Dan Goodman's prediction and politics journal.

Monday, September 01, 2003

Monday September 1, 2003. I didn't go to the State Fair today.

For the past few years, I've been going to the Minnesota State Fair twice -- the second time on Labor Day -- because I couldn't see everything I wanted to in one day. This year, I only went once.

Europeans sometimes take it for granted that their countries have had more experience than the US has. But rural Spain is beginning to cope with a situation which Americans (and Canadians) have dealt with for at least a century and a half. From the September 02, 2003 Christian Science Monitor http://www.csmonitor.com/2003/0902/p07s02-woeu.html

'As in the rest of Western Europe, most leaders in Spain worry more about how to keep out immigrants than how to make them feel at home. But driven by a dearth of manual labor, a network of 83 one-bus-stop bergs like Aguaviva ("Living Waters") are setting out the welcome mat in the sparsely populated regions of Teruel, Soria, Huesca, and Valencia provinces, most of them in the country's arid, mountainous northeast.

'When the newcomers arrive, the collision of two worlds often ends in alienation. Some, mostly the Argentines, have scoffed at the construction and farming jobs offered; the lack of opportunities for women; poor communications with the nearest cities; and, naturally, the meddlesome townsfolk, who don't hide their disapproval of what they consider "frivolous" purchases, such as television sets, microwave ovens, or PlayStations for the kids.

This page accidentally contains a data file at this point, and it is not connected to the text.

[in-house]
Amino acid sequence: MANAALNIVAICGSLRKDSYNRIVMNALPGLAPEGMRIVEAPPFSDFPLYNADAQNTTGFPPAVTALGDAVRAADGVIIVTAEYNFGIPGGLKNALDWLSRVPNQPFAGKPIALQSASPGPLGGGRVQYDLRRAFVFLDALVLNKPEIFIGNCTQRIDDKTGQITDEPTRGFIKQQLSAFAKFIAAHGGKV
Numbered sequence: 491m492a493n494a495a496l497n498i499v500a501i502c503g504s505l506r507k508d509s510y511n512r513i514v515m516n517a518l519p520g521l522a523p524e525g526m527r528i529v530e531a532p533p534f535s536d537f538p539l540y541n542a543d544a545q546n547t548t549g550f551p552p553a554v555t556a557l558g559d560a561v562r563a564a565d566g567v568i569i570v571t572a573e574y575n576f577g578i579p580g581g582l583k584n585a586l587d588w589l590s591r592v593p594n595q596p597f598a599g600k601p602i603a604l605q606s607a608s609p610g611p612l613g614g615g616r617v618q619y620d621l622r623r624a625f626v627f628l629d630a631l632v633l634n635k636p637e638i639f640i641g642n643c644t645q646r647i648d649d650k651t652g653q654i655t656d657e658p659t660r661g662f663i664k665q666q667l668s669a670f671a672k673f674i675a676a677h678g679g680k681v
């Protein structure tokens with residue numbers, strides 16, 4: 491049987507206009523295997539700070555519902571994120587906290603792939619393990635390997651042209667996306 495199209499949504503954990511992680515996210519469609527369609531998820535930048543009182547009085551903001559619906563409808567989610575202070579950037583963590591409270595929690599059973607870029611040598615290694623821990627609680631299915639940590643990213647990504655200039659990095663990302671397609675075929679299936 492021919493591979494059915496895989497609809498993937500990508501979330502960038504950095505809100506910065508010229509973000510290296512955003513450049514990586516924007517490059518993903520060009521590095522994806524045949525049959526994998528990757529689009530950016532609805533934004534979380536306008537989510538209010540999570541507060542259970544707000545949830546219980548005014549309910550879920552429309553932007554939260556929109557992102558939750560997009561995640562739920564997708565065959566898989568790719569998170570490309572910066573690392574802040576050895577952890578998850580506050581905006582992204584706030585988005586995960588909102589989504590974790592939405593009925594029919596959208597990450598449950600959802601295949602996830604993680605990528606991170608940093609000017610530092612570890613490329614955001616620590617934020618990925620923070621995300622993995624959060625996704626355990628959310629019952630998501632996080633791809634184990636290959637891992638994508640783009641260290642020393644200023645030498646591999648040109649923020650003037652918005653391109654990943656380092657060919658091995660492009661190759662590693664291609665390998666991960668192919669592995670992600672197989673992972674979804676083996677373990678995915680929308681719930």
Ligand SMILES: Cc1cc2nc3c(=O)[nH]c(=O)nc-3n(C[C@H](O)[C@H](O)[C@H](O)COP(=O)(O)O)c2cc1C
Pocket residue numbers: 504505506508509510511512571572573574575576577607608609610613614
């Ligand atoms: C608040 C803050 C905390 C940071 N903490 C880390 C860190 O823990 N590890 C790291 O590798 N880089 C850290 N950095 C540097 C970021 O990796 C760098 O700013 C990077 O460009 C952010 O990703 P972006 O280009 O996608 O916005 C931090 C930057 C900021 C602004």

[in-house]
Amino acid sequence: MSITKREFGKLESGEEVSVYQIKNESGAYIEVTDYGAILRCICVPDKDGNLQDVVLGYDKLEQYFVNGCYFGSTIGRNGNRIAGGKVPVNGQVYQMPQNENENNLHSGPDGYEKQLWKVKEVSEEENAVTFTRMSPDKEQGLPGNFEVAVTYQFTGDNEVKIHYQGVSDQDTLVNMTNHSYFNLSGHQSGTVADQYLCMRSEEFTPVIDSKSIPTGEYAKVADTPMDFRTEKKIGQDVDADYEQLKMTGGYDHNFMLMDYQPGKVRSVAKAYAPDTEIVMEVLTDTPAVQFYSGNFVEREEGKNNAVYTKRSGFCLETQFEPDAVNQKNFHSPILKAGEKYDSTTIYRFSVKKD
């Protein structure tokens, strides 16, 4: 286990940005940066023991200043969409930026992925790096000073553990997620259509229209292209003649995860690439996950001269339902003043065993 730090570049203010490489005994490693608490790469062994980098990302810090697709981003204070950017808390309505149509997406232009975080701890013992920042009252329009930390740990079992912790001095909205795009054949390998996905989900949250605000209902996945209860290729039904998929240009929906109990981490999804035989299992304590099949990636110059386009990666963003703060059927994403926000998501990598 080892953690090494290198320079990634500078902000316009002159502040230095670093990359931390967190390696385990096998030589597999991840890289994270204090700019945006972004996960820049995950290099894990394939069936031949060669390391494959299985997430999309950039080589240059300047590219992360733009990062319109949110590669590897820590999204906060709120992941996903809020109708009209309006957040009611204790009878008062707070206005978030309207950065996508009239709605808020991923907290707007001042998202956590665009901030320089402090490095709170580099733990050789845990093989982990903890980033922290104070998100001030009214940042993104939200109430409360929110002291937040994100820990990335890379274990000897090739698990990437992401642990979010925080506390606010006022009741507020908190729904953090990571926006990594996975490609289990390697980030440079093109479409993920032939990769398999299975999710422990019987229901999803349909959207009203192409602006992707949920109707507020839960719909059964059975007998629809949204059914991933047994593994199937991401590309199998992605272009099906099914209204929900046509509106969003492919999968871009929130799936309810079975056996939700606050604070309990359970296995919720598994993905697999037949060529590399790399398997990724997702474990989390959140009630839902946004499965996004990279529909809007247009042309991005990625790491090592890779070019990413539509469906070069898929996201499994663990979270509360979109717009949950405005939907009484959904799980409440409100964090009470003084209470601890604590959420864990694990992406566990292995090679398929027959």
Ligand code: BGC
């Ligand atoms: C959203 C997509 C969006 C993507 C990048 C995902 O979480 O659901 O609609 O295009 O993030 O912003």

[But some do adapt.]

'"It's a better quality of life," says Sergio Germain, who was an accounting assistant in his native Montevideo, Uruguay, but now works on a rabbit farm. His wife, Adriana Pereira, serves snacks at the town cafeteria.

'The locals have also adapted to the newcomers, despite the suspicion that many will eventually move on to more cosmopolitan surroundings.

'The local market now stocks the herbal tea yerba maté, polenta, and other favorites that please the Argentine palate.'

There are also Romanian and other Eastern European immigrants, who probably don't expect as high a level of prosperity as the South Americans.

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